By Sergey Chernov
Photo by Alexander Belenky
A popular bar for expats and independent travelers has ambitious plans.
City Bar, the ultimate expats’ hangout that called it quits six months ago, has magically returned and will have what its hostess Aileen Exeter calls “quiet summer opening” on Friday.
“When I went back to America, I missed the bar so much,” said Exeter this week. “I missed people coming in, most of the friends I have are from the bar.”
The new City Bar at 20 Furshtatskaya Ulitsa, is well located right across the street from the U.S. consulate. The building also hosts the representative office of the President of Kalmykia, Kirsan Ilyumzhinov.
According to a plaque on its outer wall, the building was also frequented by Vladimir Lenin, who used the apartment of Bolshevik sympathizer Dmitry Stasov there as a hideout in 1917.
Exeter, who lives in the same building, said she got the idea to reopen City Bar there when she noticed that Polyglot restaurant, which occupied the basement, closed.
Arrangements to open the bar were made quickly (Exeter said she got the keys to the rooms early last month), but since the place was previously occupied it was in good condition and did not demand much reconstruction.
Although a telephone line has yet to be installed, Exeter said the place will soon be equipped with state-of-the-art technology, from free Wi-Fi to Internet television, Internet telephone and video phone — whatever expats and independent travelers may need.
The entertainment program will include intimate acoustic concerts, stand-up comedy and occasional DJs, said Exeter.
City Bar expects to get its liquor license in a month’s time and to throw a bigger opening party in September, but for the time being serves beer: Baltika for 80 rubles and Fosters for 120 rubles.
City Bar’s international menu has a stress on simple American cuisine and will include its famous hand-ground hamburgers (200 rubles) as well as pork chops, fried chickens, pizza, and pancakes with maple syrup.
According to Exeter, the major difference between the new place and the old City Bar is that she is no longer the principal owner. She has two young Russian partners, Yury Voskresensky and Alexei Ishutin, and 10 percent of the enterprise belongs to City Bar’s staff, which is comprised mostly of students.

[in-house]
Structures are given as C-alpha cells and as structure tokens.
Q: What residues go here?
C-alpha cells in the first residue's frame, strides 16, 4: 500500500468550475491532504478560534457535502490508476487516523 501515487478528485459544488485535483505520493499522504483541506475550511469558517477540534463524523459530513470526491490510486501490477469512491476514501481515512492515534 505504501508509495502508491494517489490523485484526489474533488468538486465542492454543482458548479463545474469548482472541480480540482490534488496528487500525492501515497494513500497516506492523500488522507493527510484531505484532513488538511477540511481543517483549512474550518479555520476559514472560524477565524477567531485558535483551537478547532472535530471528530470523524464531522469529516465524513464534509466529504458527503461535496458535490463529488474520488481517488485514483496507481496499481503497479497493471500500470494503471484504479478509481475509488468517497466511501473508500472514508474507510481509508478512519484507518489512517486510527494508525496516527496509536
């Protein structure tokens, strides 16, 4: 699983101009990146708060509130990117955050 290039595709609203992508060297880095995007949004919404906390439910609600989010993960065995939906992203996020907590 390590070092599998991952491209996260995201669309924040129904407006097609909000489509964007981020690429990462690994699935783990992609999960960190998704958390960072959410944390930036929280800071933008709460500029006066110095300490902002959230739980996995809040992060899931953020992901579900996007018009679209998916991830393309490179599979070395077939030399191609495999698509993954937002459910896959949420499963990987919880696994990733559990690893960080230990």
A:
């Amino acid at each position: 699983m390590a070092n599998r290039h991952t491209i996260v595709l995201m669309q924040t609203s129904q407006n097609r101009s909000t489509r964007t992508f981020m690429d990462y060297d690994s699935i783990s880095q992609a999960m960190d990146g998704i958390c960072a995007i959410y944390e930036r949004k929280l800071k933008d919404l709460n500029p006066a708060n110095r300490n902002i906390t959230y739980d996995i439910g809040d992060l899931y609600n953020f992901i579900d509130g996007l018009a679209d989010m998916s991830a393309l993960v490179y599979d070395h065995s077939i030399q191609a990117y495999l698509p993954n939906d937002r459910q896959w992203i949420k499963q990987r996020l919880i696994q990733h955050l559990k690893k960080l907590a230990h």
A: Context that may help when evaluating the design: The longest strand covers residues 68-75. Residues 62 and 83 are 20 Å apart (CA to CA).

“It’s very symbolic, but it’s good, because people are working for ownership, too,” said Exeter.
Voskresensky is the editor of the Stockholm School of Economics’ U-Journal and Ishutin is the general director of the Russian arm of Mercury, a company that trades in speedboat motors.
As with the former place, the new City Bar is designed by American David Bienn.
Until it was closed in February, City Bar had been on the scene for nine and a half years. First launched in the Cappella building on Bolshaya Konyushennaya Ulitsa, it move to its second location not far away on Millionnaya Ulitsa in 2002.
A hit not least because of the personality of Exeter, who meets and chats with guests, City Bar was more than just a bar. It also served as a community center, a meeting place and an “ideas exchange,” with some people discussing their businesses and making valuable contacts.
Having given the old City Bar’s books and videos to the American Corner, Exeter has started a new small English-language library that she hopes will quickly grow as patrons start to add stuff to it.
The new bar marks Exeter’s first attempt at franchising, with plans to launch expat-oriented bars, with City Bar’s trademark menu and atmosphere, in Kiev and Warsaw next year.
“There’s so much globalization, there’s much global traveling, so it should work,” she said.
City Bar, 20 Furshtatskaya,
News source: times.spb.ru
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Culture news archive for 11 August' 2006.
Culture news archive for August' 2006.
Culture news archive for 2006 year.